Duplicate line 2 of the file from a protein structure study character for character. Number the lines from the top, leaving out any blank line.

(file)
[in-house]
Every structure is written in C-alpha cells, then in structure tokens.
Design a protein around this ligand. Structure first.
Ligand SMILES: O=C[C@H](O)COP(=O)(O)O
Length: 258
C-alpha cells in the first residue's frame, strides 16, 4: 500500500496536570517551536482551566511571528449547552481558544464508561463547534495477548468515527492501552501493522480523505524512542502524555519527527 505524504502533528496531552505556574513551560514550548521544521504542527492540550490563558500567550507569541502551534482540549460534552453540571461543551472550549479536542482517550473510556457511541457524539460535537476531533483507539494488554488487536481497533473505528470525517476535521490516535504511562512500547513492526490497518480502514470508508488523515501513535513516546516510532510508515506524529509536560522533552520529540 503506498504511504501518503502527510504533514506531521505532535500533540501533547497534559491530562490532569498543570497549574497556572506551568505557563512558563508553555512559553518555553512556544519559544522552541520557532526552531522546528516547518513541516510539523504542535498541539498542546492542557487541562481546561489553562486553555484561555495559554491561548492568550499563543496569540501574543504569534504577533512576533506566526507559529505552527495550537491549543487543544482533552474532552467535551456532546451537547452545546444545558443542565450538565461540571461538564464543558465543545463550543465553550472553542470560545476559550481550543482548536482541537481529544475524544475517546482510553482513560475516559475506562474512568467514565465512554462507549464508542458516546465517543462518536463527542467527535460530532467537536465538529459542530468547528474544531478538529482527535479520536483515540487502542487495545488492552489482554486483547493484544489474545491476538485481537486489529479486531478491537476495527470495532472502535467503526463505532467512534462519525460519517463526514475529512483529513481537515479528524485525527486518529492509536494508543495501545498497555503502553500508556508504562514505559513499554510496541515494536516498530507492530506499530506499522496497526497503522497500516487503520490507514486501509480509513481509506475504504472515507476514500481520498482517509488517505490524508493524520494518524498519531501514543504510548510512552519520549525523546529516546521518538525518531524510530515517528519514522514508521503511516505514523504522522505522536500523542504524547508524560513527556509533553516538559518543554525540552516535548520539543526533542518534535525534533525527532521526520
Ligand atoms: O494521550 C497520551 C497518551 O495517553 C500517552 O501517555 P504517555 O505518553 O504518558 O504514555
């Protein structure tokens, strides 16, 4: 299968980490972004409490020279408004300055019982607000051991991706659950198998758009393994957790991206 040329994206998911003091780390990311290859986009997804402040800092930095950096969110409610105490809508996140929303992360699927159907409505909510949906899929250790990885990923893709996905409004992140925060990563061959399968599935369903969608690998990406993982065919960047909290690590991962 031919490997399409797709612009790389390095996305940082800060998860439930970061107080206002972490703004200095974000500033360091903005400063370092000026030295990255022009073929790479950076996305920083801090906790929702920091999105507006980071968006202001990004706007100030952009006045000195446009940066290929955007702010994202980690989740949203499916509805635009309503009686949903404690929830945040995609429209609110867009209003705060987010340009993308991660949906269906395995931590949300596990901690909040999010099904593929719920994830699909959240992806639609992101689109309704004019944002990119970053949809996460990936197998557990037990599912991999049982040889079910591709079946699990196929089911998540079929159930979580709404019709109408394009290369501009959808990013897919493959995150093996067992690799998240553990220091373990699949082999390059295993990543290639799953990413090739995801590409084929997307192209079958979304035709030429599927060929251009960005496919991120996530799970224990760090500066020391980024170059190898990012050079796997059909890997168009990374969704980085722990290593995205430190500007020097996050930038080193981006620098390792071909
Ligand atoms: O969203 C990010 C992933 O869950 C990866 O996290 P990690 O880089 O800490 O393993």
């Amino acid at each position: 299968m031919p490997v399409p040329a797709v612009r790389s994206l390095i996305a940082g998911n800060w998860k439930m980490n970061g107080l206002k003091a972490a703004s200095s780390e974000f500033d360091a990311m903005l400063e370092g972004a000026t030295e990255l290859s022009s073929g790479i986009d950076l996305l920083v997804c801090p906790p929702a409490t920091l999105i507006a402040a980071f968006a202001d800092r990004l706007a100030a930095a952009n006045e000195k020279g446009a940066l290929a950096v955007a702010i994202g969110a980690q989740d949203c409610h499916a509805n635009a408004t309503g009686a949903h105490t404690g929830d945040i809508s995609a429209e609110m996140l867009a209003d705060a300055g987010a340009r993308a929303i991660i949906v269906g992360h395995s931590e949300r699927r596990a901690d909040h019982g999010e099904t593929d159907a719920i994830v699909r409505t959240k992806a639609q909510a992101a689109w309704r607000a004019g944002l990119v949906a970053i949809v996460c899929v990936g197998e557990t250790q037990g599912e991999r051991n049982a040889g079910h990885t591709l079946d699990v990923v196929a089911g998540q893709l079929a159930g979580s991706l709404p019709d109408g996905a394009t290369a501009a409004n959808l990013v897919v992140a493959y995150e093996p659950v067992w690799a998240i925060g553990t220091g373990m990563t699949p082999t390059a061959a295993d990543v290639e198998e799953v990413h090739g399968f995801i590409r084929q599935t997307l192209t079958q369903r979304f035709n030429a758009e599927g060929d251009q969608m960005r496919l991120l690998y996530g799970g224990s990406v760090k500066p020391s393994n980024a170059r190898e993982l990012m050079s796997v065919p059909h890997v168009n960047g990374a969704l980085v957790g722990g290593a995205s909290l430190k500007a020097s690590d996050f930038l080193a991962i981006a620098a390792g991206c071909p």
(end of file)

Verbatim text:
Every structure is written in C-alpha cells, then in structure tokens.